Inherited age of floating charcoal fragments in a sand-bed stream, Macdonald River, NSW, Australia: Implications for radiocarbon dating of sediments
journal contributionposted on 2023-09-04, 22:41 authored by Russell Blong, Kirstie Fryirs, Rachel Wood, Fleur KingFleur King, Larissa Schneider, Emilie Dotte-Sarout, Stewart Fallon, Richard Gillespie, Qianyang Chen, Rebecca Esmay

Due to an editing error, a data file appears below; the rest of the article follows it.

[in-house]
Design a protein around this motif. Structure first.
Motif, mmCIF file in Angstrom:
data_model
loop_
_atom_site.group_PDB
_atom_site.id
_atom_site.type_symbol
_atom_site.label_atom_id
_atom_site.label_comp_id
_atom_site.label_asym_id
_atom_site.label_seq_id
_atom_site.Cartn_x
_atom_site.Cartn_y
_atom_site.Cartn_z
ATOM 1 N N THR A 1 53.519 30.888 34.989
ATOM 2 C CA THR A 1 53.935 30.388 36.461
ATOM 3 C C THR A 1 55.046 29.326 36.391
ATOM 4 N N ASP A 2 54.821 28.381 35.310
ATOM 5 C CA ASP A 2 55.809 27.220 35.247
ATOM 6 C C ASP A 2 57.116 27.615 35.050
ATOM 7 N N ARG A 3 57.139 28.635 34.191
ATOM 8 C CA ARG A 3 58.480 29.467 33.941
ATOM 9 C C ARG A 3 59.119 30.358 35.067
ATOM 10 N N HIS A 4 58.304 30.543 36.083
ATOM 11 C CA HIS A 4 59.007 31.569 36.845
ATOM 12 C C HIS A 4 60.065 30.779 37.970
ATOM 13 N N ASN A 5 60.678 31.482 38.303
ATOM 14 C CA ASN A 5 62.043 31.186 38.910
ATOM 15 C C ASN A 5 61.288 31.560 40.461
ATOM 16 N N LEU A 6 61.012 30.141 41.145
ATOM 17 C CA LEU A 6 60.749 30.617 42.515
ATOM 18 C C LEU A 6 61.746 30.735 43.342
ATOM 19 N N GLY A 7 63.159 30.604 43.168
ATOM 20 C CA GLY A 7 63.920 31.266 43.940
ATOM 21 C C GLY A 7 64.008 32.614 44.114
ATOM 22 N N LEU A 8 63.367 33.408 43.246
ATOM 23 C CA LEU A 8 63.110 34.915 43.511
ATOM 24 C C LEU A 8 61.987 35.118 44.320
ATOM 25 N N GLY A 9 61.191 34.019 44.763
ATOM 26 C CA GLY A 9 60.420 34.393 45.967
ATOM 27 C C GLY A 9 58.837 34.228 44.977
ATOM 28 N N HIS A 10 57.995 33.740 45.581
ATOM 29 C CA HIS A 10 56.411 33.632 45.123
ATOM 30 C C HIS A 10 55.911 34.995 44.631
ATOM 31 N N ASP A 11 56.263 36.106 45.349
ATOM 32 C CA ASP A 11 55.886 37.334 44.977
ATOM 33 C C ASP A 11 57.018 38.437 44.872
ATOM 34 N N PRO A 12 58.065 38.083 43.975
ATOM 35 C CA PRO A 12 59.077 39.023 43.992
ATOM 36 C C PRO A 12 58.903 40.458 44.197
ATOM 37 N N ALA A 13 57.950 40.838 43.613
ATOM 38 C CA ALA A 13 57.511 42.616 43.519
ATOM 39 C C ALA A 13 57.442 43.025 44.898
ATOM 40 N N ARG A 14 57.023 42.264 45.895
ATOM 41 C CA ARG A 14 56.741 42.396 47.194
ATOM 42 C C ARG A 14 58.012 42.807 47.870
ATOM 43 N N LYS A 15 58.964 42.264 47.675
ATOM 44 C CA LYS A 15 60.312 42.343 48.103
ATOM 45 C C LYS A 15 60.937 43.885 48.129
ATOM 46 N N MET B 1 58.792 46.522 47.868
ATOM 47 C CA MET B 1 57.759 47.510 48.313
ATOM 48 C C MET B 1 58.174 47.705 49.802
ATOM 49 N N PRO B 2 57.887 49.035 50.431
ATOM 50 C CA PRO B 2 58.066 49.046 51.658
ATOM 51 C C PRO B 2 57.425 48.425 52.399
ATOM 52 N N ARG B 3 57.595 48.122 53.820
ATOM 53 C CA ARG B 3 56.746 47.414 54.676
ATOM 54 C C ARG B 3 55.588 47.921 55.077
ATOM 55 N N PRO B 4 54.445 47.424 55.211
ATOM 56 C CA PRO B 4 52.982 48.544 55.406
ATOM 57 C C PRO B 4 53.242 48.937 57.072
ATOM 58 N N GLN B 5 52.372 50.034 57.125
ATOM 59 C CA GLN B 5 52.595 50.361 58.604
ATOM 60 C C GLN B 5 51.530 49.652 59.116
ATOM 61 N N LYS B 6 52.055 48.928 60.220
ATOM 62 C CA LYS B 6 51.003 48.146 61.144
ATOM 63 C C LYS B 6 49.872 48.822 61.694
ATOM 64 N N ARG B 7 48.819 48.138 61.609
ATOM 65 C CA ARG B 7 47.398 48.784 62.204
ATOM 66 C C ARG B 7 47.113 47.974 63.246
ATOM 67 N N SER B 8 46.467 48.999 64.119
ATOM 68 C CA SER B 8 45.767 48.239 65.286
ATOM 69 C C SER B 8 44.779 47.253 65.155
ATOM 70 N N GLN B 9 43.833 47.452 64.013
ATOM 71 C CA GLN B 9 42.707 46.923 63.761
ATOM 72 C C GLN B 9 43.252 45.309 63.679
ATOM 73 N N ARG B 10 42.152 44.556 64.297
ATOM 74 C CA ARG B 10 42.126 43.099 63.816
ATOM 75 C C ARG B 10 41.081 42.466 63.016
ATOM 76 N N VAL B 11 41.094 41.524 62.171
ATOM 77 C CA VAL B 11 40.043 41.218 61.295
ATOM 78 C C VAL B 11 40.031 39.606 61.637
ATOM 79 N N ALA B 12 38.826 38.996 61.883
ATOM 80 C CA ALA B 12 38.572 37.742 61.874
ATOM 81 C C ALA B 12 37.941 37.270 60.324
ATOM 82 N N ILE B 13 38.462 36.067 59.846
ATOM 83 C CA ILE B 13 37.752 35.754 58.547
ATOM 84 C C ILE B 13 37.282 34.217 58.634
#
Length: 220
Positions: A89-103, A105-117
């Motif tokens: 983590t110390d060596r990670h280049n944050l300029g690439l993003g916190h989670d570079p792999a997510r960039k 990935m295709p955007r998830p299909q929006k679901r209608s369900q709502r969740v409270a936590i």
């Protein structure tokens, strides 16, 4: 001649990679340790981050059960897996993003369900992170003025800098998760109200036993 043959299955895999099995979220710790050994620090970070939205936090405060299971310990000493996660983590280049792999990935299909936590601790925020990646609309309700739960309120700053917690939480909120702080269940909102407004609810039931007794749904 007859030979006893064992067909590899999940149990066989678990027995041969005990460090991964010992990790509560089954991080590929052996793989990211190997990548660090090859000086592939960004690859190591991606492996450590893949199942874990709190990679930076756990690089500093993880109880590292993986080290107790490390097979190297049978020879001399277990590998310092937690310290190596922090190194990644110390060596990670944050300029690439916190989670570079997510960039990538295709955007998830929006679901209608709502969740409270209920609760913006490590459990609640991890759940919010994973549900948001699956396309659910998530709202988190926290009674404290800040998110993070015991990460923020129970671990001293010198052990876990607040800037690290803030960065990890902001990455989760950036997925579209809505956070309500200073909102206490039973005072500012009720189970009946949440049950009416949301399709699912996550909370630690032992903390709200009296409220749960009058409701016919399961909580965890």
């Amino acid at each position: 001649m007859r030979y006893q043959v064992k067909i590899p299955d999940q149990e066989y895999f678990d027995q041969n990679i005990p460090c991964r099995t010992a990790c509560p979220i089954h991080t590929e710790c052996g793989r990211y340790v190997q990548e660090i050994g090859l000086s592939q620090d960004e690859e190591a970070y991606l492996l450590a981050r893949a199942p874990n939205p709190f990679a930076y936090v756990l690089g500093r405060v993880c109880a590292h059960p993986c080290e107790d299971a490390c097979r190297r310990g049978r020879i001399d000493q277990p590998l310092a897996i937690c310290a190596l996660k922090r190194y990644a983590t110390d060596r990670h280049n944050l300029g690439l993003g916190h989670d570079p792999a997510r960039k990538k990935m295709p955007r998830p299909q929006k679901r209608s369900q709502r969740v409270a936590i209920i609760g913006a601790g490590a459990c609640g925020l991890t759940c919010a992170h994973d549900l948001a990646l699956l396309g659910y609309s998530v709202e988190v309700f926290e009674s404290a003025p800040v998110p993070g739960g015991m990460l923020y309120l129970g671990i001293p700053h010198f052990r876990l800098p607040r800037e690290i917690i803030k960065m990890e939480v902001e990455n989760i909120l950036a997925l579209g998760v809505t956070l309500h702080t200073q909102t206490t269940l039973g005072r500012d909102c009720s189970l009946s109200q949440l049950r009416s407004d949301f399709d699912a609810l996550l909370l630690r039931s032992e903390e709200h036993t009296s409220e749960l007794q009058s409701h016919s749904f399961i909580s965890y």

Radiocarbon dates on multiple individual charcoal fragments floating together down the Macdonald River, New South Wales, Australia, have calibrated ages spanning >1700 years. Partial explanations of this range of inherited ages can be attributed to the inbuilt age of living biomass, charcoalisation conditions, hillslope transport and storage and/or valley floor (fluvial) transport and storage, but the contribution of each of these components can be constrained only rarely. These results caution against using radiocarbon dating of charcoal as the sole dating technique to interpret Late-Holocene sedimentary histories. These findings also show that it is unlikely that deposit age has a dependable relationship to charcoal age.